Not only is camera film still hanging on, but for some it's the only choice.
Jessica Rutherford walked into a camera store in New York City, seeking something that people are looking for less and less these days: film.
She was in the middle of a five-day vacation and she had run out of film for her battered Nikon that she inherited from her uncle. Buying 12 roles of film, she said that her sister and mother used digital cameras to capture their adventures in the Big Apple.
“They tease me for using an old film camera,” said Rutherford, from southwestern Iowa, with a sly smile. “But they don’t laugh when they see the pictures. They’re a lot better than theirs.”
Rutherford is part of a small community who holds on to the photographic emulsions of yesteryear. Though digital photographic technology has mostly overtaken film, the old process still has a firm hold on artists, some professionals and many amateurs. To fans of film, the medium still surpasses digital in quality and the intangibles that make photography magical.
They argue that film does a better job of capturing the bright part of an image and the darker sections. If a digital camera records something or someone in the shadows, for example, the sky will often be white or “blown out.” Also, some say, most film cameras will record higher resolution than most digital cameras. The sensor (the electronic part that captures the light) in most digital cameras is smaller than the size of 35mm film. An image taken by a digital point-and-shoot camera blown up to 11 by 14 inches will lose detail; the individual pixels will probably show up due to electronic noise. A print from film will probably show more image detail, though perhaps with some grain depending on the sensitivity of the film.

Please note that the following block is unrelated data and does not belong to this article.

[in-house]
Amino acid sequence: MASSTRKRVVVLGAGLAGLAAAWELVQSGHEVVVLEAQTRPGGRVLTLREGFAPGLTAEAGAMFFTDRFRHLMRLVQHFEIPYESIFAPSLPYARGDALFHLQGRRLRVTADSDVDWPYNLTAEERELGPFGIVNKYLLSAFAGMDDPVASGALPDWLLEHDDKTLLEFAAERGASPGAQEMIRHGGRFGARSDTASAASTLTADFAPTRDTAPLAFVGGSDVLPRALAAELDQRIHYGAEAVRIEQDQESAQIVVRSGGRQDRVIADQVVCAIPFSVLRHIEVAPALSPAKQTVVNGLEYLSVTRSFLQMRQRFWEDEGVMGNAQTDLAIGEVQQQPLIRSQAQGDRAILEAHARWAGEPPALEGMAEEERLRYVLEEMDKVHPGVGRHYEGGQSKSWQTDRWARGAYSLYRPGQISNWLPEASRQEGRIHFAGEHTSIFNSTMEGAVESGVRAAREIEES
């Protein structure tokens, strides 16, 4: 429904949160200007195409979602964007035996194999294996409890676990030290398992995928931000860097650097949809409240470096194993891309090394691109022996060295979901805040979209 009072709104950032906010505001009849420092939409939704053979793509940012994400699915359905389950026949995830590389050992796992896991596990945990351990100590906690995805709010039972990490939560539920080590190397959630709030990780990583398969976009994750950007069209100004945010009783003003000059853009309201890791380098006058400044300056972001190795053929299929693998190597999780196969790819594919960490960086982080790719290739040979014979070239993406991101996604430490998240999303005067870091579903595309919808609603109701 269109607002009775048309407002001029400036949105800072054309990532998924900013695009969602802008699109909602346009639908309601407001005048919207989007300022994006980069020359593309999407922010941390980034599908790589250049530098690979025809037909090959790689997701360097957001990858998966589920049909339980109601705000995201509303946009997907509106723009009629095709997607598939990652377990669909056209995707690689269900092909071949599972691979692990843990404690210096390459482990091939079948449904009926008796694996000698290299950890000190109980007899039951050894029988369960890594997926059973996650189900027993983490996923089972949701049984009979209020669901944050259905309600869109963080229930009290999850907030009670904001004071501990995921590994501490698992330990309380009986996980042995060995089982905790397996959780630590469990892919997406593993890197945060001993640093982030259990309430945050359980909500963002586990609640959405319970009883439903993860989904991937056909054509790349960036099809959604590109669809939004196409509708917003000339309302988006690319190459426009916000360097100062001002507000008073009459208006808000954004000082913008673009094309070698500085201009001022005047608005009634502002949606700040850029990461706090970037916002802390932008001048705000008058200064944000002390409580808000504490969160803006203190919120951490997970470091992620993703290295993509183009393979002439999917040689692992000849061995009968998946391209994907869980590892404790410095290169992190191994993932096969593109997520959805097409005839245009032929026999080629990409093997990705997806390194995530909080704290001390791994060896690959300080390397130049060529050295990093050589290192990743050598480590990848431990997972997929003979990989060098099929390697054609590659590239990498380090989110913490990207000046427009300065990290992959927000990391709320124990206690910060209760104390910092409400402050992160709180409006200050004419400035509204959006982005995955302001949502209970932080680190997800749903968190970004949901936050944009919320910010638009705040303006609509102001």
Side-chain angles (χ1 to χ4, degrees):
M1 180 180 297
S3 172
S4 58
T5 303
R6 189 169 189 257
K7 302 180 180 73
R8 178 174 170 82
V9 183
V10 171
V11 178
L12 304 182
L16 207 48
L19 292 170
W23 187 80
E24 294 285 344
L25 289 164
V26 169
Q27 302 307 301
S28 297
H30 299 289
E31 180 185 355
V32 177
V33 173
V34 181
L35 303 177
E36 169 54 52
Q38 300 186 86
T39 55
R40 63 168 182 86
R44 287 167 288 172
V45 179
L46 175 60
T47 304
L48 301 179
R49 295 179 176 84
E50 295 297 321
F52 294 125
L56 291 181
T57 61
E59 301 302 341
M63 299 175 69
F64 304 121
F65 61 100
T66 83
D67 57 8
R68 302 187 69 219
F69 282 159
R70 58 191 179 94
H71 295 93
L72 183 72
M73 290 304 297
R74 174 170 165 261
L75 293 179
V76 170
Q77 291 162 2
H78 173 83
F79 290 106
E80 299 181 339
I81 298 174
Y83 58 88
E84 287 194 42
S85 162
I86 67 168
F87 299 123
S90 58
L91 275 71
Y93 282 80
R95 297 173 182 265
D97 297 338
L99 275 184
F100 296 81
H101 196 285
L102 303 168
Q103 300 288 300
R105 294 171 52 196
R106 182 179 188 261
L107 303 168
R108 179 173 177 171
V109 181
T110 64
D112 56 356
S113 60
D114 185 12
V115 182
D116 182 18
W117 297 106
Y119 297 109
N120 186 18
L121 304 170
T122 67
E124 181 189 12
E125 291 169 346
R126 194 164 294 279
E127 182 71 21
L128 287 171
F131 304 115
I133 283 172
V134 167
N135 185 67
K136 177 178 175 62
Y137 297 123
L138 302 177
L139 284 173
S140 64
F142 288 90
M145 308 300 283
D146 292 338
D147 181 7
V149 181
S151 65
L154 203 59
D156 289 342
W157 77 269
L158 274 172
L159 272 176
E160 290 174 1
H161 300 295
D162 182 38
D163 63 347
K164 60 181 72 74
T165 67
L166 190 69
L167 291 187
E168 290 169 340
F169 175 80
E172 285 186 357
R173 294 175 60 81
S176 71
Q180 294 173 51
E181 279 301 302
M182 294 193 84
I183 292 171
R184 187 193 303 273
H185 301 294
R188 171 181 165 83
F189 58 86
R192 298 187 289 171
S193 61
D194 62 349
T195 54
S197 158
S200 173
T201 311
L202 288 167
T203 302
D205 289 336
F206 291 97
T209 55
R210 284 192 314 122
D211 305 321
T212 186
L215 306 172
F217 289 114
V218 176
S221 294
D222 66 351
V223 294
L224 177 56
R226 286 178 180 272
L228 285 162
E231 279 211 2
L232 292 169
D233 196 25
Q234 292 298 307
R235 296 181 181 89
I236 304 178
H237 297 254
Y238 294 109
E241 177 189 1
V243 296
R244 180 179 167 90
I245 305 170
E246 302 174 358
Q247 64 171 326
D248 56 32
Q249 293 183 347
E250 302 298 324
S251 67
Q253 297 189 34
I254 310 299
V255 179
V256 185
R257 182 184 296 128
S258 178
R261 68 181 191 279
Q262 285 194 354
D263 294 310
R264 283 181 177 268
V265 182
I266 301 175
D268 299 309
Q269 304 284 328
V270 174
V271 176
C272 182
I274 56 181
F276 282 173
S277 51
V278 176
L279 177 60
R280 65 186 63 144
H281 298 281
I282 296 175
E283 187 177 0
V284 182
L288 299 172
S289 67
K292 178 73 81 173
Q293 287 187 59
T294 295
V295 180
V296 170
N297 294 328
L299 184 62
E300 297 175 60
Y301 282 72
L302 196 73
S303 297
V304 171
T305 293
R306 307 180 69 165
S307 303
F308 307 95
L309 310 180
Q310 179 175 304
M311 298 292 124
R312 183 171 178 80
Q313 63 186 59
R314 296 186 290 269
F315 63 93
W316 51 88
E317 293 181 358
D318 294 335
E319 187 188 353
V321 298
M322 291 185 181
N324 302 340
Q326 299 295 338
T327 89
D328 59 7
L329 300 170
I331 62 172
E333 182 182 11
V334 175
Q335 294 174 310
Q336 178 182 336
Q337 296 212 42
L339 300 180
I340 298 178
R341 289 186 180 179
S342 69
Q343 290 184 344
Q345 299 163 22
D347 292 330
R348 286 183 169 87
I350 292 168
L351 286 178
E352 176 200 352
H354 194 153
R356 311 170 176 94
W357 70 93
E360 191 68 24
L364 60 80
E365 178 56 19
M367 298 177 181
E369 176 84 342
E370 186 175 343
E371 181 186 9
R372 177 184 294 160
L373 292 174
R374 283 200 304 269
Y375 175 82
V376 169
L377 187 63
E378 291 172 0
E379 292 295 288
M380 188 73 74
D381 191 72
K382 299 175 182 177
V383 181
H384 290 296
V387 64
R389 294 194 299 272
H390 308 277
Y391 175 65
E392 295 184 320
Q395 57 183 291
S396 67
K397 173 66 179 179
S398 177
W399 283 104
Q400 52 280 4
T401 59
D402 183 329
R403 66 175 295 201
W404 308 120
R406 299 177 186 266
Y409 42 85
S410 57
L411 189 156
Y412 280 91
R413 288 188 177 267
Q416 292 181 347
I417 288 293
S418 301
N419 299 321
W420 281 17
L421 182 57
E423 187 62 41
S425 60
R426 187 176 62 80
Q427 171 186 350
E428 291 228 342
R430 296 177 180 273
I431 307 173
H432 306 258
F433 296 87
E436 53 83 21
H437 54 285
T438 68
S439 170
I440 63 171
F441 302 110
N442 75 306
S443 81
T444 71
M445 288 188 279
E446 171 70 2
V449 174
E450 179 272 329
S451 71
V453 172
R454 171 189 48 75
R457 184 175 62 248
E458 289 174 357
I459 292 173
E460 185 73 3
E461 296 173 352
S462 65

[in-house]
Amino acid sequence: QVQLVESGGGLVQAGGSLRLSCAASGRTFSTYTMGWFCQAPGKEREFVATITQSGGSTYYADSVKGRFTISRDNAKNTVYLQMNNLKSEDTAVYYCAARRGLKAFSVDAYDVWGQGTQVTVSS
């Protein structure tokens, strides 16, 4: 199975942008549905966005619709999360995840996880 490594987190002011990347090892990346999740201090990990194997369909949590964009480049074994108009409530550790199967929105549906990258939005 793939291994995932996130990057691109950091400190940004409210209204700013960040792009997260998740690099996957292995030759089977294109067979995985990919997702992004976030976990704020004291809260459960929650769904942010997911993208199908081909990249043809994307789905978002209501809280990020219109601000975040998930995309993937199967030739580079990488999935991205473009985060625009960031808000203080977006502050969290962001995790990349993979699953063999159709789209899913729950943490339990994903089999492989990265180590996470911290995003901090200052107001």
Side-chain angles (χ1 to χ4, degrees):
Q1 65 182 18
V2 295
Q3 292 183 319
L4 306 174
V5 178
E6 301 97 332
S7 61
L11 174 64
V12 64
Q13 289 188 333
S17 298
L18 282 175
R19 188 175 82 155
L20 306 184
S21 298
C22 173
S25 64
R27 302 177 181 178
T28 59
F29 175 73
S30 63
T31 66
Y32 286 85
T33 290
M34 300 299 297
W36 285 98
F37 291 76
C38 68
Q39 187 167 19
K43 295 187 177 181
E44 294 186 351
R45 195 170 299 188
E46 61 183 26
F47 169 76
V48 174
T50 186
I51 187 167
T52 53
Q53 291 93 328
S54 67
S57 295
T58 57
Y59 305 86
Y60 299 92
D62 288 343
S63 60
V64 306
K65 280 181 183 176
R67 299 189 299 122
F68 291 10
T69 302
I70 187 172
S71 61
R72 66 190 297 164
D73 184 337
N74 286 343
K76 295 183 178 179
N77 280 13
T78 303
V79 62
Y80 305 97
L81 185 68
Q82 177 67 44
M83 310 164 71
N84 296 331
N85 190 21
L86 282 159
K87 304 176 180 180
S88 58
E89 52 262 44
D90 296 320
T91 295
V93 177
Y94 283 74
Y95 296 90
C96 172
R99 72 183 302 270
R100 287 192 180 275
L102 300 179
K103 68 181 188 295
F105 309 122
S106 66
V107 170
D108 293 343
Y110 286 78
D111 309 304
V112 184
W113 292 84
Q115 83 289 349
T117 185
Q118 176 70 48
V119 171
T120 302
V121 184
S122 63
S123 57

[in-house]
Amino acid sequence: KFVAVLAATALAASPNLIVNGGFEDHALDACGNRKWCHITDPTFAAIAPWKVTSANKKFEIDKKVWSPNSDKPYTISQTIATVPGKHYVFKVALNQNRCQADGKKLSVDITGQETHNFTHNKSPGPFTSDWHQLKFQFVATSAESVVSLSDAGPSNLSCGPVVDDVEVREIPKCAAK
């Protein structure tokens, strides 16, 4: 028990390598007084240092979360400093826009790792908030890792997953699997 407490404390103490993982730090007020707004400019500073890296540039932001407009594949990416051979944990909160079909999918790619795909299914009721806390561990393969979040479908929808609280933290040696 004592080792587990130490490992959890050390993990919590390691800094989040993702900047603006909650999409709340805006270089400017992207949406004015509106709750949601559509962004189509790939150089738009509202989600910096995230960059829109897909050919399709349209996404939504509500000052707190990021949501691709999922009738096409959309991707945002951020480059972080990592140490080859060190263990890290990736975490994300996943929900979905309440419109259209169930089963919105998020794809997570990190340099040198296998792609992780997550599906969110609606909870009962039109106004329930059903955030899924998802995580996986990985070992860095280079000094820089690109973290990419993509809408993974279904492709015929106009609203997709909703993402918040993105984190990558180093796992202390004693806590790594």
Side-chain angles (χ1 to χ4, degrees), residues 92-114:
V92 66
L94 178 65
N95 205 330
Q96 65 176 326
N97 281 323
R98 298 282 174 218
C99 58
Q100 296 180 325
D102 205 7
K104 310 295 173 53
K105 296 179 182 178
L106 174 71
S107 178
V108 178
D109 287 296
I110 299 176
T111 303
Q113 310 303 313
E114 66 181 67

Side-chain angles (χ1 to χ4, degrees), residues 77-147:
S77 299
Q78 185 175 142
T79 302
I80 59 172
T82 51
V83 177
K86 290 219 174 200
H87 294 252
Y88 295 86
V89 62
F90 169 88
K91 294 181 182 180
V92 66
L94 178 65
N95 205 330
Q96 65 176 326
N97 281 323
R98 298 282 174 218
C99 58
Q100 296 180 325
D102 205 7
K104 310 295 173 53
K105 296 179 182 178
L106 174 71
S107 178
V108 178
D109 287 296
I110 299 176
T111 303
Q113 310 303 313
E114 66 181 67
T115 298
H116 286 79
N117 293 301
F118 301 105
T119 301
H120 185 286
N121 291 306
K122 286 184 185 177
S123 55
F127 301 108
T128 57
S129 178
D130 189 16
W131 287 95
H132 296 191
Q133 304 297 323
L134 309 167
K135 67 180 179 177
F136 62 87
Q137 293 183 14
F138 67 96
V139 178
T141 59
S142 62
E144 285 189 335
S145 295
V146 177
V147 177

Jack Dykinga, a Pulitzer-Prize winning photographer who specializes in capturing the landscapes of the western United States on film, is one of those who said he needs the high quality that he believes only film can provide. He uses a 4-by-5 large-format camera, so called because it uses a four by five-inch panel of film to capture an image. He is published regularly in National Geographic magazine and Arizona Highways, one of the most popular landscape magazine in the country.
According to Dykinga, magazines that publish landscape images need to have high-quality, large photographs, and only large film is capable of that.
“For now, film provides more detail which you have to have for landscape work, especially if you are going to display it in a magazine or on a gallery wall,” Dykinga said.
Dykinga said he is not sentimental about film.
“For me cameras are just a tool,” said Dykinga. “I use film because it does the job for me. I enjoy using it. There is something special about it.”
Patricia Goo, a 23-year-old amateur from Portland, Ore., loves using film cameras. She owned some old 35mm Olympus cameras but used an old Rolliflex box camera to photograph New York City’s Central Park on a recent spring day.
She loves the smell and feel of a roll of film and the nearly 3D look of the prints she gets from her camera. She loves not knowing exactly what her pictures will look like until she gets them developed.
“Everybody wants instant pictures,” said Goo, hugging her camera to her chest. “There’s just something magical about not knowing what you have. Film goes against the instant gratification society tells us we are supposed to want. There is just something beautiful about waiting to see if you have got something magical.”